Church Discharged Employee for Complaining of Sexual Harassment, Federal Agency Said
ATLANTA - The King's Way Baptist Church, Inc., an independent Baptist church in Douglasville, Ga., which operates the King's Way Christian School, will pay $25,000 and furnish other relief to settle an employment discrimination lawsuit brought by the U.S. Equal Employment Opportunity Commission (EEOC), the agency announced today.
EEOC filed suit in 2015 alleging that King's Way retaliated against Marsha Pearson, a kindergarten teacher at the school, after she complained about sexual harassment. According to the complaint filed in the lawsuit, in October 2013 Pearson complained that the pastor, who was also the school superintendent, had been sexually harassing her. EEOC further alleged that when Pearson complained about the harassment, King's Way officials told her that she allowed the harassment to happen to her and that she was being discharged. EEOC charged that Pearson was actually fired because she reported sexual harassment.
Such alleged conduct violates Title VII of the Civil Rights Act of 1964, which makes it illegal to retaliate against an employee because he or she complains about discrimination. EEOC filed suit in U.S. District Court for the Northern District of Georgia, Atlanta Division (Equal Employment Opportunity Commission v. The King's Way Baptist Church, Inc., Civil Action No. 1:15-cv-3816-WBH) after first attempting to reach a pre-litigation settlement through the agency's conciliation process. Pearson filed her own individual lawsuit against King's Way for violations of Title VII and for negligent retention (Marsha Anne Pearson v. Dr. William Wininger, Jr., Joes Hayman, Dr. Ray Conway, The King's Way Baptist Church, Inc., and The King's Way Christian School, Civil Action No. 1:15-cv-3849), which was consolidated with EEOC's lawsuit. Pearson's individual lawsuit has also been resolved.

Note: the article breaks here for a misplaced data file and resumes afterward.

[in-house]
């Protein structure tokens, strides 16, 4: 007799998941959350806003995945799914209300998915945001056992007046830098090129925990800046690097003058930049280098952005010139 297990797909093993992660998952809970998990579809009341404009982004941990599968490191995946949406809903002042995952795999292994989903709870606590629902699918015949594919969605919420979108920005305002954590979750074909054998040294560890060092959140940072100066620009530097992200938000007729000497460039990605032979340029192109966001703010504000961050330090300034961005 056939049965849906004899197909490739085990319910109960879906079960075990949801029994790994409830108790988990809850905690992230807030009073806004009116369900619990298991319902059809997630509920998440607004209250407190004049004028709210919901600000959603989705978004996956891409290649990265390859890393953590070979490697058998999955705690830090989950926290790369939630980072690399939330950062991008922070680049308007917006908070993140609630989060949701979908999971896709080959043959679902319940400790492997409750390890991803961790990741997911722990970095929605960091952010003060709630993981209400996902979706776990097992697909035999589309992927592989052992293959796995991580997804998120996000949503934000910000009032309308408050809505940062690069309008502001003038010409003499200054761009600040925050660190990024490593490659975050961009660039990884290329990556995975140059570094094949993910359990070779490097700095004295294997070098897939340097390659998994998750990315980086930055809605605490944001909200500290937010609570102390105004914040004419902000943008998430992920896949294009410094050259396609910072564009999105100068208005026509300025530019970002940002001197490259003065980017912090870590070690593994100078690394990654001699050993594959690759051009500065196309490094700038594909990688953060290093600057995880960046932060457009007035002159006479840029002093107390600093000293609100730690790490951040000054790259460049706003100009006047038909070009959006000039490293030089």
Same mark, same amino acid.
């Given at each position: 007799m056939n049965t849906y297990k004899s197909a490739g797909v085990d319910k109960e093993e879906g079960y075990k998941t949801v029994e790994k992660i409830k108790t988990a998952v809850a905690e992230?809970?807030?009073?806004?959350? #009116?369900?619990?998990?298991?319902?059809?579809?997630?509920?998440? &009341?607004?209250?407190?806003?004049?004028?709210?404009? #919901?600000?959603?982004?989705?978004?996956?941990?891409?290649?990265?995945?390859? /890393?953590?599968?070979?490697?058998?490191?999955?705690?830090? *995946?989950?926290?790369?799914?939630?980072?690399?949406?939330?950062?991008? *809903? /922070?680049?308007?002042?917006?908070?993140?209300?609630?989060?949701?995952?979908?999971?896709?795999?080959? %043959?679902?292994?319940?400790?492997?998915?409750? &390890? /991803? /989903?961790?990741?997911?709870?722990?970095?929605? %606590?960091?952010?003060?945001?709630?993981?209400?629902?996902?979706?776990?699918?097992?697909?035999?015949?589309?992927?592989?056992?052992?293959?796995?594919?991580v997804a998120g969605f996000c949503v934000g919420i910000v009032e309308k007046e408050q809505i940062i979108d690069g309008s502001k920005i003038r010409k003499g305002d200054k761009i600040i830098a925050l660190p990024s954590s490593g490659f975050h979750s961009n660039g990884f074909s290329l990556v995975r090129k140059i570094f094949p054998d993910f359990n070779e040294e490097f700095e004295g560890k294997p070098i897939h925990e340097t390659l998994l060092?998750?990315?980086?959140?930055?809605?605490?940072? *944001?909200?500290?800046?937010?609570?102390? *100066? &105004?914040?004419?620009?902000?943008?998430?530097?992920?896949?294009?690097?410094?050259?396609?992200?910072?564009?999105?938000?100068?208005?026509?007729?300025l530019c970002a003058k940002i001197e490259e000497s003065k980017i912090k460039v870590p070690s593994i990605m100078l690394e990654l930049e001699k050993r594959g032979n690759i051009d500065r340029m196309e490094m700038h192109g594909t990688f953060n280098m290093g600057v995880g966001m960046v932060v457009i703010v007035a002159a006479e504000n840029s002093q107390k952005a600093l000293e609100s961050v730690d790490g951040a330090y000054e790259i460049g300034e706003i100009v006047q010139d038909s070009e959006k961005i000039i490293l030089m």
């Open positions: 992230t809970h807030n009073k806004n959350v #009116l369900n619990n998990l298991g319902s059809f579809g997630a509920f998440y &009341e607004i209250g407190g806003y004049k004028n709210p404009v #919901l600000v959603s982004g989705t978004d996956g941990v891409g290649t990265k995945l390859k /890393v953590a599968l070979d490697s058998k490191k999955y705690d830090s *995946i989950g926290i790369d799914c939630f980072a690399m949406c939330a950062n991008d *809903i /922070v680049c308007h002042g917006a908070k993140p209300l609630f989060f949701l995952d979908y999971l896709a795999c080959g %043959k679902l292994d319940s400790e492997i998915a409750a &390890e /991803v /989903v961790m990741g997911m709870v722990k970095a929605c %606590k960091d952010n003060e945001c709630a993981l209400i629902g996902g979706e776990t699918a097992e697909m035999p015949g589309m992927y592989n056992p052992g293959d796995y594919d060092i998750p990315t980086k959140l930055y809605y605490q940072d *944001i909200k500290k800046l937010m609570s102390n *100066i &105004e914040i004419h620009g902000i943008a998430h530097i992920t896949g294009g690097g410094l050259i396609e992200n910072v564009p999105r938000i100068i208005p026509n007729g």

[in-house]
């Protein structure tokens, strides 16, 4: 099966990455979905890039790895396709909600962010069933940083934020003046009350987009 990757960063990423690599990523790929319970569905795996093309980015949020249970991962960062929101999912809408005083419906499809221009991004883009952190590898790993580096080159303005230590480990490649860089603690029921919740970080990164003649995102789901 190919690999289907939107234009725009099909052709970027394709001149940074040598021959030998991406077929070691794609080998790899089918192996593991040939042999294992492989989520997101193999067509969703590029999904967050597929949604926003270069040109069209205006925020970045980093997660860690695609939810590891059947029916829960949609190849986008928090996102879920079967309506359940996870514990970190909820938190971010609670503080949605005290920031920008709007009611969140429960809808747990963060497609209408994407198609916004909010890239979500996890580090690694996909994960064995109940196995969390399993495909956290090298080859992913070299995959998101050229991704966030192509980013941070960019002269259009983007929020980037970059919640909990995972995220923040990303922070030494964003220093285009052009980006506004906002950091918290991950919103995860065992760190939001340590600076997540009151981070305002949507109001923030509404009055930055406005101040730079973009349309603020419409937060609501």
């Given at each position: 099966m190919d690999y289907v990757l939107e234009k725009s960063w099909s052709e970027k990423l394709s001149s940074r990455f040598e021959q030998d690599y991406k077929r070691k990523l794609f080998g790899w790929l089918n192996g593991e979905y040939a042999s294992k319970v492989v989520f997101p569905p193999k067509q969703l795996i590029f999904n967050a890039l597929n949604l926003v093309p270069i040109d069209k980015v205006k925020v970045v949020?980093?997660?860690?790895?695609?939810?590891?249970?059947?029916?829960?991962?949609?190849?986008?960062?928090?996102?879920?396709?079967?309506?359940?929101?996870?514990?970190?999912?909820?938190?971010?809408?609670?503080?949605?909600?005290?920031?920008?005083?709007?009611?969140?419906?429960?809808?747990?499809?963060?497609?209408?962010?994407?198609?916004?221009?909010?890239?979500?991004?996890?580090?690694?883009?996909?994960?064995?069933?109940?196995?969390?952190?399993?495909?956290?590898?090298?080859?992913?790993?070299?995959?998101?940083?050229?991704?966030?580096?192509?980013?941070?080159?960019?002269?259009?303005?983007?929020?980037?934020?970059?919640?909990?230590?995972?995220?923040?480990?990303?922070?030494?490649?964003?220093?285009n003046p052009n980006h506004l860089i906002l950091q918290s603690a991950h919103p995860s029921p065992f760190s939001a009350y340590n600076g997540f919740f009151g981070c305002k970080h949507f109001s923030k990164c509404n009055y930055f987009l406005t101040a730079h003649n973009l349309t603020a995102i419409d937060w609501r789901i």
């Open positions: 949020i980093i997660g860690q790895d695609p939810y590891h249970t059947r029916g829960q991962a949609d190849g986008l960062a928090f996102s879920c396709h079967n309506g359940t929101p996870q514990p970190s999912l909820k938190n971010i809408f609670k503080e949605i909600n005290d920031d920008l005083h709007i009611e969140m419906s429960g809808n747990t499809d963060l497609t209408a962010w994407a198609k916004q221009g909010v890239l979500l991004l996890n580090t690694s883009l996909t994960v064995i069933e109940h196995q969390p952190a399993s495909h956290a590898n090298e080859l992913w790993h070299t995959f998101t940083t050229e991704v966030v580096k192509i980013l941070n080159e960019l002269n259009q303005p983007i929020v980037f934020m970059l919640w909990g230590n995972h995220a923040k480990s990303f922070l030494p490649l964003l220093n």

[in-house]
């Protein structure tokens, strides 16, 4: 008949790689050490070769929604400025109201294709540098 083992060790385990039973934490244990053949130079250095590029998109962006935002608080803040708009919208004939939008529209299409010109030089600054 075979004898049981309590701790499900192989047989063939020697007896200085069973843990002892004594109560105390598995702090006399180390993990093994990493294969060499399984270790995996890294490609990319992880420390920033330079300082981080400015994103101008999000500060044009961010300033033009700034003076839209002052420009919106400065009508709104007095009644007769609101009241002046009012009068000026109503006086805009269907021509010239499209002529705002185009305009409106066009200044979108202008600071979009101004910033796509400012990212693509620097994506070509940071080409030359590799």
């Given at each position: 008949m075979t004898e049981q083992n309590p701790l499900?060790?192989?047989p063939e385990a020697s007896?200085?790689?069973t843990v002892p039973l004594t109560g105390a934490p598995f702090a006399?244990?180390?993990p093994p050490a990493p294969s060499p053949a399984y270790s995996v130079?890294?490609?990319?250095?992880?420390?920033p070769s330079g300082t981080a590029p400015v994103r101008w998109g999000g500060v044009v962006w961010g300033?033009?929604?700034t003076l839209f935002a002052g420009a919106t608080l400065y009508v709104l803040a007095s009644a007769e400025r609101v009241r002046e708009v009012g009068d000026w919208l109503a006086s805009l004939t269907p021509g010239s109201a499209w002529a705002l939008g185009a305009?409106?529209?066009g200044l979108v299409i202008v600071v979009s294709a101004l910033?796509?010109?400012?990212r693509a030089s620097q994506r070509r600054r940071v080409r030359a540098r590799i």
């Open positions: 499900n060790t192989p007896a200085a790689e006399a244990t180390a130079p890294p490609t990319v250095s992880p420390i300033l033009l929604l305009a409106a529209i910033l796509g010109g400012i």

In addition to providing monetary relief for Pearson, the consent decree settling EEOC's lawsuit requires King's Way to update its discrimination policies, provide annual equal employment opportunity training, make regular reports to EEOC, and post a notice to employees regarding King's Way's obligation to comply with all federal anti-discrimination laws.
"This case is a good reminder to employers that complaints of discrimination must be treated seriously," said Bernice Williams-Kimbrough, district director of EEOC's Atlanta District Office. "Blaming the victim when she reports harassment is never the right response and can create liability for the company."
EEOC is responsible for enforcing federal laws against employment discrimination. Further information is available at www.eeoc.gov.